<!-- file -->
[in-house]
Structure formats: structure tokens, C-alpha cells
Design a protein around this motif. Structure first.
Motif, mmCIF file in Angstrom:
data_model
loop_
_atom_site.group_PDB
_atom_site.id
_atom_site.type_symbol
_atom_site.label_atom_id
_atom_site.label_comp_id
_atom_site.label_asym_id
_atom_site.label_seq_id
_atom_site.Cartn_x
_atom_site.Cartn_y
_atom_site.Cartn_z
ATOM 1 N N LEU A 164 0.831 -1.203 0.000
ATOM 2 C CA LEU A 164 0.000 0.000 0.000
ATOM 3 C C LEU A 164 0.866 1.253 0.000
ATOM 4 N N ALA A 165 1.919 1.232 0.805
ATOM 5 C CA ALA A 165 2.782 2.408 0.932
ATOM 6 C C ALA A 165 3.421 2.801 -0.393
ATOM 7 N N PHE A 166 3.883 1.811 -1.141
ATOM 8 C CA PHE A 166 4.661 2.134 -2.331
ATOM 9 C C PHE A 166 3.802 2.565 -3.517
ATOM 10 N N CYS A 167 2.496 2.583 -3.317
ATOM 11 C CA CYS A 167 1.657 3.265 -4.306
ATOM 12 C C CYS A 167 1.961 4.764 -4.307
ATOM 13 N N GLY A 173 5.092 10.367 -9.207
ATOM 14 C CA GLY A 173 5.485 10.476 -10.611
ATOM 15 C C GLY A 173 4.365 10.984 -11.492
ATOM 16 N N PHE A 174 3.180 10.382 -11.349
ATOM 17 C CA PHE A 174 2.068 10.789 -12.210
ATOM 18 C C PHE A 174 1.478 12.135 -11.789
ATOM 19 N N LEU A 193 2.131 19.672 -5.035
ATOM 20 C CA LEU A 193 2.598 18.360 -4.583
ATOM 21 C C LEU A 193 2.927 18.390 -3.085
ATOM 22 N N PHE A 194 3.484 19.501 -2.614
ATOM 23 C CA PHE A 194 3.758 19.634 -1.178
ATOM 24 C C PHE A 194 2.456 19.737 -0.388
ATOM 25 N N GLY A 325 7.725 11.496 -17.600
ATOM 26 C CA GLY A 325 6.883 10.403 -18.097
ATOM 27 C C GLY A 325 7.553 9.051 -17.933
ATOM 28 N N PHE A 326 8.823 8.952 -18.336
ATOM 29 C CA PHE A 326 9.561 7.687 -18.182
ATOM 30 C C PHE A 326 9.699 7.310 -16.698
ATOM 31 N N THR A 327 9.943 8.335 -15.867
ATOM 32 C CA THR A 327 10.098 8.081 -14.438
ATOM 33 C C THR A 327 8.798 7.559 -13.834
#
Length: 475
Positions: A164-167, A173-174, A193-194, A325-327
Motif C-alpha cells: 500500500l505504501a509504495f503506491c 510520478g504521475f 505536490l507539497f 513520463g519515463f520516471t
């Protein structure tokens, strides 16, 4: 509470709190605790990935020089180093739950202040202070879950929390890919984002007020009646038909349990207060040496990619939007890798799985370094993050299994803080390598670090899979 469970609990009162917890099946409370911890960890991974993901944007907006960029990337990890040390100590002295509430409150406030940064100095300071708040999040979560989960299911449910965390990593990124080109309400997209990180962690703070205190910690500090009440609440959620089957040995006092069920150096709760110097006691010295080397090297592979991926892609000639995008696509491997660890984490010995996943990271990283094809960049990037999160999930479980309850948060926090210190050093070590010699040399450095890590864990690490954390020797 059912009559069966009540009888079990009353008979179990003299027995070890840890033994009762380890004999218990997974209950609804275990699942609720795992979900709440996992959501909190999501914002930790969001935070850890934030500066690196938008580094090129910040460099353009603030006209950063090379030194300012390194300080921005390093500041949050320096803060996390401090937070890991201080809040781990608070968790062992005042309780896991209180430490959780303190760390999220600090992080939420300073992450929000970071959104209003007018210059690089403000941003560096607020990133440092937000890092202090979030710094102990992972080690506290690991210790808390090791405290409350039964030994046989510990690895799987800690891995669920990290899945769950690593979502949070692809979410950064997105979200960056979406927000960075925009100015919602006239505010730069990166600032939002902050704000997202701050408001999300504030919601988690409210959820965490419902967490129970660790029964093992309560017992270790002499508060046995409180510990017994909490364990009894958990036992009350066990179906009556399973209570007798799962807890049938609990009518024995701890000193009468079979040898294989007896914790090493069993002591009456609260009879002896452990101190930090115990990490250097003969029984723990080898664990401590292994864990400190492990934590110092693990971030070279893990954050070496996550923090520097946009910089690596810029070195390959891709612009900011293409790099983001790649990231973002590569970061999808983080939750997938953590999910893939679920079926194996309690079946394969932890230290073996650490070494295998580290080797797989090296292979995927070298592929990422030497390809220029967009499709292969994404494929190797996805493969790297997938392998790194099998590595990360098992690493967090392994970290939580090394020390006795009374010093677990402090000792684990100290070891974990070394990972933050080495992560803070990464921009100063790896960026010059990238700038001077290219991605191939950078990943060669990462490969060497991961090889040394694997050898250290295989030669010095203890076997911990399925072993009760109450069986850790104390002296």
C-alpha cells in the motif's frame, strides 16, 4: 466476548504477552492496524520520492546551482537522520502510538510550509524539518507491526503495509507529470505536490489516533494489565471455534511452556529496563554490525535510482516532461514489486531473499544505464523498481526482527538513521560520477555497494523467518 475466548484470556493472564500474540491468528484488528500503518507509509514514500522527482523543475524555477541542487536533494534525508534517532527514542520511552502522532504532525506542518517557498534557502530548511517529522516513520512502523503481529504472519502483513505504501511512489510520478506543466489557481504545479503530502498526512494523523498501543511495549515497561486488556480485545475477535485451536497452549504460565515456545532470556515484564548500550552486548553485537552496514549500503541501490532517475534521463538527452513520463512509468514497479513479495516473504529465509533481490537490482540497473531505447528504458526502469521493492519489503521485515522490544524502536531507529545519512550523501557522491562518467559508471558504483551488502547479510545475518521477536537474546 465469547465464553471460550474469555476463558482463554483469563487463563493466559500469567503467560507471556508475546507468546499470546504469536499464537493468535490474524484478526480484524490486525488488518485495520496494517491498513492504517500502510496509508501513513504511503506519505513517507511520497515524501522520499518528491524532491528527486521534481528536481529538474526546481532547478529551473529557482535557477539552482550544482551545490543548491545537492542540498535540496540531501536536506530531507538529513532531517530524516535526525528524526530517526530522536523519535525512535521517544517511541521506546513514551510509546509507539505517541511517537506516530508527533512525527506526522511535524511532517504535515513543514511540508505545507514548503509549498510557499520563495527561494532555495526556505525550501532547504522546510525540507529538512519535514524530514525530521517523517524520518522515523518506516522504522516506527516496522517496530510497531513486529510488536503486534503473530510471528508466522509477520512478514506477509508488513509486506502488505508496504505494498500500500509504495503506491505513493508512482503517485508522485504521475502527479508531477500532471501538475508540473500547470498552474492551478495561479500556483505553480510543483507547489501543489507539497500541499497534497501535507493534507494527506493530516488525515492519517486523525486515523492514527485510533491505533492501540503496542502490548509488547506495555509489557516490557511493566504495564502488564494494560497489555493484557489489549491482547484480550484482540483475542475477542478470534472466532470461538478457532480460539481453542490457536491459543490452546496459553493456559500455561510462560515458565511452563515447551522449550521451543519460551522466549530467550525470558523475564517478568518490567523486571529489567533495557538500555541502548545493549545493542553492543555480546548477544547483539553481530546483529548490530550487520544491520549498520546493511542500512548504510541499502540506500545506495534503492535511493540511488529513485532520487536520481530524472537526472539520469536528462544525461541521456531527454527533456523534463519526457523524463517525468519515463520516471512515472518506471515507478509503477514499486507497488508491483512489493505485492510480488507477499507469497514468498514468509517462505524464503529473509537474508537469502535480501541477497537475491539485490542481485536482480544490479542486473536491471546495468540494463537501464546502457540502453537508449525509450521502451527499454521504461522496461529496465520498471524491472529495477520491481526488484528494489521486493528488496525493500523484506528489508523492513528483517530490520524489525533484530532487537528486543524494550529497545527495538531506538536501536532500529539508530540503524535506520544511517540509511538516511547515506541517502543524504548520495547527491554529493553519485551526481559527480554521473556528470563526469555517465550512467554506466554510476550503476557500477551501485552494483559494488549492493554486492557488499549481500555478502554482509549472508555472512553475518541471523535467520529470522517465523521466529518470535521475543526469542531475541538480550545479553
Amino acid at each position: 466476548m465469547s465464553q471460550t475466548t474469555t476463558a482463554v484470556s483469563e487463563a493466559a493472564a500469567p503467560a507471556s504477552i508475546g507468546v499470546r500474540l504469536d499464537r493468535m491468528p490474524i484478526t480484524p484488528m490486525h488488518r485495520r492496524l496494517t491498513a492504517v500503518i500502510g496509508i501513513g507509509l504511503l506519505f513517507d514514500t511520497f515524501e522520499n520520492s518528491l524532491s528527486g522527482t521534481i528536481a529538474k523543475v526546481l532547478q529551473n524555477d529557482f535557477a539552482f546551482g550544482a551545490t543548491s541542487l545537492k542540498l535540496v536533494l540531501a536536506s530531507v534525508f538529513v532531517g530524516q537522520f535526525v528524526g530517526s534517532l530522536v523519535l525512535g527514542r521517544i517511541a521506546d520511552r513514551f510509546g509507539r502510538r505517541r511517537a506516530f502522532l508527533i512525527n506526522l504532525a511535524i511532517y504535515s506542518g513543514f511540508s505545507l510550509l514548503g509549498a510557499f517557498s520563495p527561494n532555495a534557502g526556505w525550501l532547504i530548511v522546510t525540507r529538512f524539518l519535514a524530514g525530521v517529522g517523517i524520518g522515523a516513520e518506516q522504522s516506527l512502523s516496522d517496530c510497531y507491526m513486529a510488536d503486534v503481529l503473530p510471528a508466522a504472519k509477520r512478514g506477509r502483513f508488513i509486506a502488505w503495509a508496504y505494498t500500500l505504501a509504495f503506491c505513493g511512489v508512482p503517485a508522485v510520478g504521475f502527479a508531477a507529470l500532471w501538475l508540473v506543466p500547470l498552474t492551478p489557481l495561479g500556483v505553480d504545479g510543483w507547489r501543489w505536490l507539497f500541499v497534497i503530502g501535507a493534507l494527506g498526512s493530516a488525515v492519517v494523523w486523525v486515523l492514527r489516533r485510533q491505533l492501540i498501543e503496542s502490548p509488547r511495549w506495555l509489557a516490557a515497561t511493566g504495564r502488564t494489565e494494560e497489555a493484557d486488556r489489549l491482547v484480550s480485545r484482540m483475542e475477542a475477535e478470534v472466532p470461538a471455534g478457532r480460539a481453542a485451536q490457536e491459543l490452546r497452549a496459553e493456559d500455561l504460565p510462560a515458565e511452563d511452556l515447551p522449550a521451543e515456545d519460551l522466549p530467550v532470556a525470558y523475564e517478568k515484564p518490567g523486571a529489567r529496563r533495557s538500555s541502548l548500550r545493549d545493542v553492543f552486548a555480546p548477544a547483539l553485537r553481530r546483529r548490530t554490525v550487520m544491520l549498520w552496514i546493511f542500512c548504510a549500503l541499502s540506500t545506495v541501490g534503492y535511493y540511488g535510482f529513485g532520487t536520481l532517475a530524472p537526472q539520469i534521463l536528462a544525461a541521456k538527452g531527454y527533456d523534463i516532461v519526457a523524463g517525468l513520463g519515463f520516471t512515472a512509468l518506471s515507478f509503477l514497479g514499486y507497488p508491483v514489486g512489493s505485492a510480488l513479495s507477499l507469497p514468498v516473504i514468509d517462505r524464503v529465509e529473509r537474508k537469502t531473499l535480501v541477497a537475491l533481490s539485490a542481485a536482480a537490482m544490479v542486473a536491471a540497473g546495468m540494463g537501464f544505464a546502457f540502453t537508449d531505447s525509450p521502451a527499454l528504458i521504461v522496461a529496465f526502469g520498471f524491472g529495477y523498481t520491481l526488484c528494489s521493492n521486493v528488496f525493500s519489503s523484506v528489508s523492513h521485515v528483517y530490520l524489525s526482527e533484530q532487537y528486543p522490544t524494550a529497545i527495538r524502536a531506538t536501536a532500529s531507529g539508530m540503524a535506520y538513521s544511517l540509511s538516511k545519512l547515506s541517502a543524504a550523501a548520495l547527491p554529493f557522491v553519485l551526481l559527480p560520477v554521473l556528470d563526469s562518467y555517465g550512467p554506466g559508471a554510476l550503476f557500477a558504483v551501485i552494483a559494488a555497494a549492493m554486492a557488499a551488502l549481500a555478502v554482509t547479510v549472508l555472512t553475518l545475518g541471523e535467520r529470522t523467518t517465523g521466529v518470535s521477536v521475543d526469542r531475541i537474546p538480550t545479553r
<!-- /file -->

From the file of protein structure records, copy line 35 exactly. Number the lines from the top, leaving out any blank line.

ATOM 19 N N LEU A 193 2.131 19.672 -5.035